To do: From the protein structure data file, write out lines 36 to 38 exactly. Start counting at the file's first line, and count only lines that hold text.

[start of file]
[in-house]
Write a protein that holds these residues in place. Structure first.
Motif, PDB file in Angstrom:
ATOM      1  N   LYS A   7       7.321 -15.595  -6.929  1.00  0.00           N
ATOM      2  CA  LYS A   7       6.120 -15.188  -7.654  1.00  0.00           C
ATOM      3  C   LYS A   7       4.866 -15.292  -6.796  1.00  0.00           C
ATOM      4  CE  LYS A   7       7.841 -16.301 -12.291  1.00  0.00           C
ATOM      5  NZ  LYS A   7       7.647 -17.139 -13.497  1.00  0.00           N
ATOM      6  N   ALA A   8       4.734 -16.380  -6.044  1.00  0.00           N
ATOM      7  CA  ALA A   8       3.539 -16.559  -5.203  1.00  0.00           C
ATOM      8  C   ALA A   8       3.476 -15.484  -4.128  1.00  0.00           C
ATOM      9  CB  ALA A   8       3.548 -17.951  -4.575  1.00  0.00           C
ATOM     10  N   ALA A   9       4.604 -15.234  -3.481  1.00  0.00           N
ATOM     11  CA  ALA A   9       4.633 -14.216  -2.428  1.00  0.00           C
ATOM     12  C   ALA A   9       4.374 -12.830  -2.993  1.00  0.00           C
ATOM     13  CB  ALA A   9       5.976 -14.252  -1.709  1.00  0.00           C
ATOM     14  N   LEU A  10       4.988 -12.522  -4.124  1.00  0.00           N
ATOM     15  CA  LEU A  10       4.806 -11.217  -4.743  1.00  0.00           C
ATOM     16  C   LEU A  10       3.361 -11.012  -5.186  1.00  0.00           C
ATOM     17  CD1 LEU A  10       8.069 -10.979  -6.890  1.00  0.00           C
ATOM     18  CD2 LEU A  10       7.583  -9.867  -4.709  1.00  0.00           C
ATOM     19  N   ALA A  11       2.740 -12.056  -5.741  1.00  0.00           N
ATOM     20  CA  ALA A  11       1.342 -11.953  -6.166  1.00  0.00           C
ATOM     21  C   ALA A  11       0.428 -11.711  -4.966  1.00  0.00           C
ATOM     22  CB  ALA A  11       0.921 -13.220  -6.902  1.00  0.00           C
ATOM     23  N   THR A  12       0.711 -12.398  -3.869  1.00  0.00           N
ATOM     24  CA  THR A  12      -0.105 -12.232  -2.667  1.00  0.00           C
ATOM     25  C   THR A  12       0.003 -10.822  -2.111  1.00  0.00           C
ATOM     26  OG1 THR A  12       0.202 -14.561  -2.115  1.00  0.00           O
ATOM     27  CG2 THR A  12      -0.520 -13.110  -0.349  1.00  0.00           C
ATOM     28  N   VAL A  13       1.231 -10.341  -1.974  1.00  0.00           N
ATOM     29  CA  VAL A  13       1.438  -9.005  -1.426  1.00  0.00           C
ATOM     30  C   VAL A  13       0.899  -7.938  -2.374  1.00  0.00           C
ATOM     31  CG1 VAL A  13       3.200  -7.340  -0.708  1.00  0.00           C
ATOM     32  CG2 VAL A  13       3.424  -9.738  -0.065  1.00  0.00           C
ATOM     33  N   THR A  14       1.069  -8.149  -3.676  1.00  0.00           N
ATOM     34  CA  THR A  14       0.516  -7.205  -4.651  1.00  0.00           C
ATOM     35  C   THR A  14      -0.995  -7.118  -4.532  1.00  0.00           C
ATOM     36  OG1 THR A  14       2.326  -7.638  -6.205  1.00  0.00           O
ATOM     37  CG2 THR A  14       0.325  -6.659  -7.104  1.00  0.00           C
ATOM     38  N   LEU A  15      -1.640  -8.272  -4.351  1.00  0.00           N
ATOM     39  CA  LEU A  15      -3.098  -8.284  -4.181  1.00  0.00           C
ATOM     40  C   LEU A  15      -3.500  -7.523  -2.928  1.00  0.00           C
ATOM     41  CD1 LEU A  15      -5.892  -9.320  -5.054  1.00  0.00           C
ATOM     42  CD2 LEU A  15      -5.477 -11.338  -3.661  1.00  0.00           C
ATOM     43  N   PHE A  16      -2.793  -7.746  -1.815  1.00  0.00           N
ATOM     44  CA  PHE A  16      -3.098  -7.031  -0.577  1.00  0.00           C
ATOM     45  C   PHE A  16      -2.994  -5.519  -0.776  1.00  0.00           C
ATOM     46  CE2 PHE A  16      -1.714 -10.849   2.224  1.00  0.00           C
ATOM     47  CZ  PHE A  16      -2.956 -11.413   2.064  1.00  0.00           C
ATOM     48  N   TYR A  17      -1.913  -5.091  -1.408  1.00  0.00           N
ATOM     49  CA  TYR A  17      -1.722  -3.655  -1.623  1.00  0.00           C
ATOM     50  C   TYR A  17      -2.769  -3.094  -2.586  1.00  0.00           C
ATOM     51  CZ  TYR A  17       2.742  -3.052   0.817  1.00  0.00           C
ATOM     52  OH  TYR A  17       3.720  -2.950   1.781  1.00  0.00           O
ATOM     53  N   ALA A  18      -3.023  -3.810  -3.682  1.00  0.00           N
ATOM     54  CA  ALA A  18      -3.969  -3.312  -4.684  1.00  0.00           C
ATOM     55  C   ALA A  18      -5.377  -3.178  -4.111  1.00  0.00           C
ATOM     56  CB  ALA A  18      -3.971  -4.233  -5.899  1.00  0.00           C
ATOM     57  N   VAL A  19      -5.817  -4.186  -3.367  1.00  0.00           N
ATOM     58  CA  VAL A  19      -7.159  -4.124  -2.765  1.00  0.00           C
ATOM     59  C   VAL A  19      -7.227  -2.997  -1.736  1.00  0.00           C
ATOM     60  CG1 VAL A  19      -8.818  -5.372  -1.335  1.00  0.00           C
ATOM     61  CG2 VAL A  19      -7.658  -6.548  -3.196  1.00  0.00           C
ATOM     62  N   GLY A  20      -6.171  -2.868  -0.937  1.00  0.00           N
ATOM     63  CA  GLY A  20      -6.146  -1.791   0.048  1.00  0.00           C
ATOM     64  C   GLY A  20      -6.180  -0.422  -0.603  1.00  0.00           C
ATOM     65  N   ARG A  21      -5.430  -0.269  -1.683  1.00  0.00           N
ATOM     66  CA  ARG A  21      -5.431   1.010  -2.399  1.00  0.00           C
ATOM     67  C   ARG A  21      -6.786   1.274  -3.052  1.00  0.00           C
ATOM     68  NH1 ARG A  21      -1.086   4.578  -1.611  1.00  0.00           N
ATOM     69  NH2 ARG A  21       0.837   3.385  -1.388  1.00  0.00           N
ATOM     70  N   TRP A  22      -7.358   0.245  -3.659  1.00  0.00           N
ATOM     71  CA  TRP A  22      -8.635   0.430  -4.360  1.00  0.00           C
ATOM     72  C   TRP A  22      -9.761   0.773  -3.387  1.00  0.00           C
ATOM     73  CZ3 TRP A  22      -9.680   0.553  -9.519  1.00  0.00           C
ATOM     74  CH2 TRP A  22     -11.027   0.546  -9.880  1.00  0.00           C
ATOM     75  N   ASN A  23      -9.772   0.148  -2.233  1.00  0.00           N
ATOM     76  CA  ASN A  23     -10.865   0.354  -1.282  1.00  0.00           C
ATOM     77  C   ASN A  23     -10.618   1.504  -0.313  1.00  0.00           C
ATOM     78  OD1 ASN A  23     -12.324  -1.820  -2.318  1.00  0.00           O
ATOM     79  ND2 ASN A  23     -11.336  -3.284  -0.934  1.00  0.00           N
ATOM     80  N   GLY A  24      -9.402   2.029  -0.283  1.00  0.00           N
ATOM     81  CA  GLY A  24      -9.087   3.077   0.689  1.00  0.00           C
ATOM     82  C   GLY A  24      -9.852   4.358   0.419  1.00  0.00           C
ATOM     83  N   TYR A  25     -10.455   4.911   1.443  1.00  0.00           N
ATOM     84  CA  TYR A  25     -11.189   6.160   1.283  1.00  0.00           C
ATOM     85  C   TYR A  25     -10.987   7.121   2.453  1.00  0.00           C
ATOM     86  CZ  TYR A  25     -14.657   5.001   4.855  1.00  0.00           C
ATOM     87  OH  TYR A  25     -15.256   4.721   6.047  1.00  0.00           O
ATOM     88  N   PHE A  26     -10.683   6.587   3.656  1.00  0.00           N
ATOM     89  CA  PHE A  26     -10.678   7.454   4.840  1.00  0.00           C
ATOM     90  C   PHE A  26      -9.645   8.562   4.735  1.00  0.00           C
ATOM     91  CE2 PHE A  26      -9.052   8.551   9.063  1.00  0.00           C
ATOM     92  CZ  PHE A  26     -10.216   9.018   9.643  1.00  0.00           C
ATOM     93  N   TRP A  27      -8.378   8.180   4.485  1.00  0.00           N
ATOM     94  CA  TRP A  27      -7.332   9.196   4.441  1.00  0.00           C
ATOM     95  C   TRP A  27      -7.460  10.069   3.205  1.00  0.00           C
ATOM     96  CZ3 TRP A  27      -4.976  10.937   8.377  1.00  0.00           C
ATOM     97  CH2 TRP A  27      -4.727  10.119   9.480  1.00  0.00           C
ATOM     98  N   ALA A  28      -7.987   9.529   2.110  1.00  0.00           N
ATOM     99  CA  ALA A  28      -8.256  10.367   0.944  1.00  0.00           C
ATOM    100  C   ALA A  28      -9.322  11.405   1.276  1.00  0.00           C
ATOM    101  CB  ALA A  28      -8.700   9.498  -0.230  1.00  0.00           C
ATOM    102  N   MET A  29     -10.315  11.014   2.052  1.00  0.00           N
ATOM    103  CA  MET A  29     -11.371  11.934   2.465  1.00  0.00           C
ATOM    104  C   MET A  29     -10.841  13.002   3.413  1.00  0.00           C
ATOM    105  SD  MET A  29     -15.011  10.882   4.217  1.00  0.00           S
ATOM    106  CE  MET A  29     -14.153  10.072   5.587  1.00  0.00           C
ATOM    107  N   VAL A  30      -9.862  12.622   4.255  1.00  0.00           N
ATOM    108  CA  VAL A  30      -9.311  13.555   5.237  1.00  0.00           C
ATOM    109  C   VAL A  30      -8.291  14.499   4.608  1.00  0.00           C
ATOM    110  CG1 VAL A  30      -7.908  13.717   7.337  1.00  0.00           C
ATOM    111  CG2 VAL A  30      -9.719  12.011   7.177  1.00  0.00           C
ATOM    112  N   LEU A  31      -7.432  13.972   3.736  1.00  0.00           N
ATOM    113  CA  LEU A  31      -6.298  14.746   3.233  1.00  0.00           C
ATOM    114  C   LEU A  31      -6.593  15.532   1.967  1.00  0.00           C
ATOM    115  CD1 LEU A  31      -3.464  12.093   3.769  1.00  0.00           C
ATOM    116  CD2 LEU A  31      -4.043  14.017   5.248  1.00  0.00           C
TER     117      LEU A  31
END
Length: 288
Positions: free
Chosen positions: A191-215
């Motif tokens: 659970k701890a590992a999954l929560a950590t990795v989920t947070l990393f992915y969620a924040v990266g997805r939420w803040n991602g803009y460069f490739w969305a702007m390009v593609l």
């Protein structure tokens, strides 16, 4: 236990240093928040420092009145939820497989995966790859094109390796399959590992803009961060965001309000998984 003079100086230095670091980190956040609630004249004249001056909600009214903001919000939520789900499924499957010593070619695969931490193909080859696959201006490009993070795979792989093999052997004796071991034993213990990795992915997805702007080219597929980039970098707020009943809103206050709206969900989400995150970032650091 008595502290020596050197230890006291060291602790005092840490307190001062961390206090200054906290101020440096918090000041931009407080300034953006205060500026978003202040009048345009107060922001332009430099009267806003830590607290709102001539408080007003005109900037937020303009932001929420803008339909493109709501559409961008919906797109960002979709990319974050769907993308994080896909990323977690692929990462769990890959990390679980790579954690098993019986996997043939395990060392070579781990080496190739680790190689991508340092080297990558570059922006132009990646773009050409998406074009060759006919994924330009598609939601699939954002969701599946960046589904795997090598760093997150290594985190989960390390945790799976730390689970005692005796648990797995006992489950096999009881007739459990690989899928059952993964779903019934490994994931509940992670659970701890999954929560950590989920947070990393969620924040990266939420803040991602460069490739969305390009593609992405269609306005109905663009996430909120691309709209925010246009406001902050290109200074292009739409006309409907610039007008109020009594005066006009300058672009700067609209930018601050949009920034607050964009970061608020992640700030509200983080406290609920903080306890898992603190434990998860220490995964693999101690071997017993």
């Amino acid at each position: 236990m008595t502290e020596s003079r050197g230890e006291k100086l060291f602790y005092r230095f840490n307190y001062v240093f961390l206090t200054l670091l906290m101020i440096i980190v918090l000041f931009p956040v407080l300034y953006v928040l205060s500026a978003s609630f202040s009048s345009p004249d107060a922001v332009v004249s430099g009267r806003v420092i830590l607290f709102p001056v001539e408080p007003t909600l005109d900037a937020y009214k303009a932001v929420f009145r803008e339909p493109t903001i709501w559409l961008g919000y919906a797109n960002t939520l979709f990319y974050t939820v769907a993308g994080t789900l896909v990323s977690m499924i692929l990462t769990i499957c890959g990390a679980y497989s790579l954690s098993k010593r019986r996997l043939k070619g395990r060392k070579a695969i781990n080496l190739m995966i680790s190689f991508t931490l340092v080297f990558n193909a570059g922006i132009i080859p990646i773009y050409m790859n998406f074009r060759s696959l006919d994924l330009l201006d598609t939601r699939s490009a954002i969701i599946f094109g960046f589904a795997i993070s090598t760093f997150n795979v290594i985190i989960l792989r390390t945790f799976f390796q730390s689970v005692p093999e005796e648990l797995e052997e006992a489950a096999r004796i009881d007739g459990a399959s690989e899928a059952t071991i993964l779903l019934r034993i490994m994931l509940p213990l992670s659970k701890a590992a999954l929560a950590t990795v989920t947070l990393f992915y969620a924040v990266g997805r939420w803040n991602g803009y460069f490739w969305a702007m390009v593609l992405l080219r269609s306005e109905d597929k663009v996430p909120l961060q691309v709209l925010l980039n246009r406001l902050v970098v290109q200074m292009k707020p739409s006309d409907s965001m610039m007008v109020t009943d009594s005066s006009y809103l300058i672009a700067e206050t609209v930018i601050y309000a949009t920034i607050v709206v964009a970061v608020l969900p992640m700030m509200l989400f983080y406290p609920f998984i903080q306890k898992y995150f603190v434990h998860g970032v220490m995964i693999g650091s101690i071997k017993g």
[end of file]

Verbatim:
ATOM     33  N   THR A  14       1.069  -8.149  -3.676  1.00  0.00           N
ATOM     34  CA  THR A  14       0.516  -7.205  -4.651  1.00  0.00           C
ATOM     35  C   THR A  14      -0.995  -7.118  -4.532  1.00  0.00           C